Projects

Realms | A Journey into Procedurally Generated Maps

In 2018, I became interested in procedural generation in regards to map creation. It started with some basic procedural forest generation I did when I was still working at Paul Bernhard Exhibits where a colleague and I were working toward a multi-screen strategy game about renewable energy.

I've always loved the sort of fantasy fiction with a map tucked in the front cover of the book. I drew inspiration from Amit Patel, Azgaar's Fantasy Map Generator, Scott Turner, and Marting O'Leary.

I pulled inspiration and motivation from maps like these.

Ilanthar also has a great selection of maps, though their website is largely in French.

My end goal with Realms was to make a great big procedurally generated world complete with continents and island chains, wind directions, biomes, and a lot more. City generation within this world was also a goal, and I did some research into it. The best resource for city generation (somewhat recently kind of integrated with Azgaar’s work, more of an easter egg really) is by the procedural generation wizard Watabou and covers districts, walls, farms, roads, and rivers. You can view the medieval city/town generator for yourself.

Watabou's awesome city generator creates and labels districts and noteworthy buildings

 Other places I took inspiration were from Azgaar's Fantasy Map Generator, Amit Patel, Scott Turner's Dragons Abound, and Martin O'Leary's Fantasy Maps. Most of these programmers overlap in some way and borrow ideas from each other, and each has their own way of explaining certain concepts they've worked on making all of them crucial for a complete understanding of map generation.

Azgaar has the best (bar none) available map generator that can be run immediately in the browser. His work is current but unfortunately I find it hard to understand a lot of his (JavaScript) code. Nevertheless, his blog discusses in detail the approach he takes to tackling various challenges which makes it not only a fantastic starting point but also great reference material when writing parallel code.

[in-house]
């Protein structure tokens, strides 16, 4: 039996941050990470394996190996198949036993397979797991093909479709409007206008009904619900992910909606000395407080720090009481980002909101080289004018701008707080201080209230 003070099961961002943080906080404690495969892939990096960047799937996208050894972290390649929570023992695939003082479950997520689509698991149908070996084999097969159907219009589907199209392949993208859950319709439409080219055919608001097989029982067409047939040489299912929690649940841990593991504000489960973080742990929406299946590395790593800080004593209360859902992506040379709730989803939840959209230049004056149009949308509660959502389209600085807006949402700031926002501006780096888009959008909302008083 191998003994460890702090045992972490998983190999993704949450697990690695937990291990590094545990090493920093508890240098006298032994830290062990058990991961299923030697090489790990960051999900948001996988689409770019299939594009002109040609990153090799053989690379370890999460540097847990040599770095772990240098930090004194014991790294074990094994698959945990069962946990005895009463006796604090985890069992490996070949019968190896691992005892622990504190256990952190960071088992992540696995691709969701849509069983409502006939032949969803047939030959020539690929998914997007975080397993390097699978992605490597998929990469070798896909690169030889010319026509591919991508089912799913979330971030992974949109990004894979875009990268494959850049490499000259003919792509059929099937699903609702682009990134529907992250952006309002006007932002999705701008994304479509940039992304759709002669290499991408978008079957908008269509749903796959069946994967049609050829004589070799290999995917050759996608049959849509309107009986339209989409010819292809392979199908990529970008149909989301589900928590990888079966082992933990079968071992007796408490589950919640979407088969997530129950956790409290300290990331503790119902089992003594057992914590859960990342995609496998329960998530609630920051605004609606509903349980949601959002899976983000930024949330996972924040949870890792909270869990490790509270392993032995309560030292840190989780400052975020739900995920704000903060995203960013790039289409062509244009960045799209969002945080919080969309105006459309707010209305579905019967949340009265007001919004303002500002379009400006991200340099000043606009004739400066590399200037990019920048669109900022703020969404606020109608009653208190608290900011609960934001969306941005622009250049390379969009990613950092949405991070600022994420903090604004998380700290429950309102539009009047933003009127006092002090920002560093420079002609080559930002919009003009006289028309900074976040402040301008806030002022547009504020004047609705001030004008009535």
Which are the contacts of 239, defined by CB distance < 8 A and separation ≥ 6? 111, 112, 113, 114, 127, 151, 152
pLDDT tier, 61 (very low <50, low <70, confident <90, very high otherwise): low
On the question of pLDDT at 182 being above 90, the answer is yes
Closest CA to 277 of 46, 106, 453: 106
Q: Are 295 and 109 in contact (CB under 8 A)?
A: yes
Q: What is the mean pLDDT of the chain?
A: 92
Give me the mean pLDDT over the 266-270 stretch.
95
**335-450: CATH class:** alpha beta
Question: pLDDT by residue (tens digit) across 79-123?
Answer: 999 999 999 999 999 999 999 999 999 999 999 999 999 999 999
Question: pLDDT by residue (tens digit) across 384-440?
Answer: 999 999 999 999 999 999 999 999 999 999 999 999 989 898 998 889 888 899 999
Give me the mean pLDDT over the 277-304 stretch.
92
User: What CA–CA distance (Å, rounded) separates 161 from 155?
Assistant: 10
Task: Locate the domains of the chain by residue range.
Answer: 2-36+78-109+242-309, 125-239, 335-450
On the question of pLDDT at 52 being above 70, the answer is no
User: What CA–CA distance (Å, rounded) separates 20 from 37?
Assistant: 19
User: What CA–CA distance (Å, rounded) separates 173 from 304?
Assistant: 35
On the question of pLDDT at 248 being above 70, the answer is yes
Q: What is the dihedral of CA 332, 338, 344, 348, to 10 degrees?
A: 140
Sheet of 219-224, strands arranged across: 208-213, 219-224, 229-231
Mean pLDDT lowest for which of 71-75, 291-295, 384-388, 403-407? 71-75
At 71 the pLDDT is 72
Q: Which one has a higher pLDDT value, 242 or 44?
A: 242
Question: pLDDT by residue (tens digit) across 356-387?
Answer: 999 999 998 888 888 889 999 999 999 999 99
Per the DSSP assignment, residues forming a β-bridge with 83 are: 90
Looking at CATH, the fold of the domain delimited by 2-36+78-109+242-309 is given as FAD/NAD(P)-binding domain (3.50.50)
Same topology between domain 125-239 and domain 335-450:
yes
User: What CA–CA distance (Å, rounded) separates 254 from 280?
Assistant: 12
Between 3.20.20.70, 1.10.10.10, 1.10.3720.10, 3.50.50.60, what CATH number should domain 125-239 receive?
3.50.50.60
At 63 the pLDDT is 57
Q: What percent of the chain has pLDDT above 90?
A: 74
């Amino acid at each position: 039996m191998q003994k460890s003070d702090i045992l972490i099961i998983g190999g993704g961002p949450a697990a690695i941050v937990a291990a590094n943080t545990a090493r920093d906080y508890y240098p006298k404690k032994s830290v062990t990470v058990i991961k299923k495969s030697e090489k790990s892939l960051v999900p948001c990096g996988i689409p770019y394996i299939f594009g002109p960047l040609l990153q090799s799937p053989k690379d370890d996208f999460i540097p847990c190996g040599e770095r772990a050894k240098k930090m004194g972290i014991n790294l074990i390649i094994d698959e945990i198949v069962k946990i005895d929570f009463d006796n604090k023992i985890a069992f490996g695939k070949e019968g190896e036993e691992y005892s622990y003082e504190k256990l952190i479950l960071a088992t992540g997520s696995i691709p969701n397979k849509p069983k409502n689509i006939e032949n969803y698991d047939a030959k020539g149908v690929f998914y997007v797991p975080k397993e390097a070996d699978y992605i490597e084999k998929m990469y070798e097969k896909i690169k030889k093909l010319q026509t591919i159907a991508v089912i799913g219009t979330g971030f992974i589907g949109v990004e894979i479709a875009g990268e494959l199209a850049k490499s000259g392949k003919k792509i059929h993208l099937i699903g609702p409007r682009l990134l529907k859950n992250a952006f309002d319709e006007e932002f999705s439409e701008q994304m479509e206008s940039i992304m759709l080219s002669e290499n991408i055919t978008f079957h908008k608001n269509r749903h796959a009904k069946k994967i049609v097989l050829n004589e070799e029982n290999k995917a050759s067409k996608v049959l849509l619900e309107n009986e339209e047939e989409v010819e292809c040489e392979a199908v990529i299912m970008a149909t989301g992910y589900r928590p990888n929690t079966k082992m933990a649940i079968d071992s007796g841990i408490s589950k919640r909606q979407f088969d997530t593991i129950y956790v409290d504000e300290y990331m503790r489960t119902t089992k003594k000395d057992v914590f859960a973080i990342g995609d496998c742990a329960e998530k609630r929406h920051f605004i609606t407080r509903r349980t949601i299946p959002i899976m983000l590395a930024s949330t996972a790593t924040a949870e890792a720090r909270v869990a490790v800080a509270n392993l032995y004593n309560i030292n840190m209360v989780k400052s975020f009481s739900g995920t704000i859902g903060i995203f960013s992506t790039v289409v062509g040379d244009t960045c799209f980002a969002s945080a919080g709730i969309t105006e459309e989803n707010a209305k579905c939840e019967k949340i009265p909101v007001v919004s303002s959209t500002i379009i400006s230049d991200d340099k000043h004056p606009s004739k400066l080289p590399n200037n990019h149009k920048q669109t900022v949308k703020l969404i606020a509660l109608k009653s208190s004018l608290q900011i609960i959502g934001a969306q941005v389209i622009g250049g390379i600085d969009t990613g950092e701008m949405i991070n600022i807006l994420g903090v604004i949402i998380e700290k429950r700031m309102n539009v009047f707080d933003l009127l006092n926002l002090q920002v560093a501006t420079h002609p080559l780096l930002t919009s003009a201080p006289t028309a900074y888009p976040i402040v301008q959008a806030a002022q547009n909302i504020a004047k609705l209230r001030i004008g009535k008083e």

Amit Patel has several iterations of his maps, and his oldest ones were done in ActionScript, which originally got me into procedural programming. Amit’s site boasts a lot of amazing in-depth tutorials and essays on different programming concepts ranging from pathfinding to his most popular: generating random worlds.

Scott Turner has taken map generation and gone off the deep end with it. His blog doesn’t usually show actual code, but goes into a satisfying amount of detail about how he achieves his map generation. He mainly focuses on generated art, creating maps that look practically hand drawn. If you’re seeking the most advanced concepts and methods, Scott’s blog is certain to provide you with more than enough material.

Martin O'Leary's Fantasy Maps are limited but they also served as an inspiration to Scott Turner and Azgaar, which makes them an important keystone in the map generating community. His post detailing his work goes into great detail and explains the map-making process intuitively and interactively. He also made a Twitter bot that posts randomly generated maps from his generator.

I came across some valuable additional resources as I explored the topic.

For my own map generator, dubbed "Realms", I decided to dive right in and essentially copied how Azgaar's height map is generated. A giant "sticky" mountain with a few mountains dotted around it. Raise the sea level to produce islands and continents, practically at random. Looks okay, but isn't very realistic. The map ends up with several mountains but no mountain ranges to speak of. Drop moisture on the map evenly and roll it down slopes to produce rivers.

Simple enough, the first iteration of the voronoi-cell map generator looks good. Shading represents height, and lines and circles represent flow and flow strength.

Next, I added biomes and a temperature layer to keep the south warm and the north cold. Town placement was pretty straightforward, but roads took me a while to implement.

I created two types of forest drawing patterns with heavy inspiration from Scott Turner's work

I ended up getting really invested in toponymy - the way things are named. After tremendous amounts of research, I went with German as a good base language because English has too many variables (Norman and Viking invasions have left the English language riddled with peculiarities that make toponymy hard). German on the other hand simply combines common words or names into place names.

I put together a pretty convoluted system for naming places after trying multiple other approaches including real place names and markov chains. These methods, while fast and easy to implement resulted in irrelevant names. For example, an inland town with an industry focused around a salt mine should probably be called something related to that. Or related to the founder of the town. Random real place names and markov chains ignore context entirely.

I learned a ton from this project, but I started running into performance issues and got demotivated by technical debt as my code base grew.

You can view my source code on GitHub or view the (inactive) Trello board.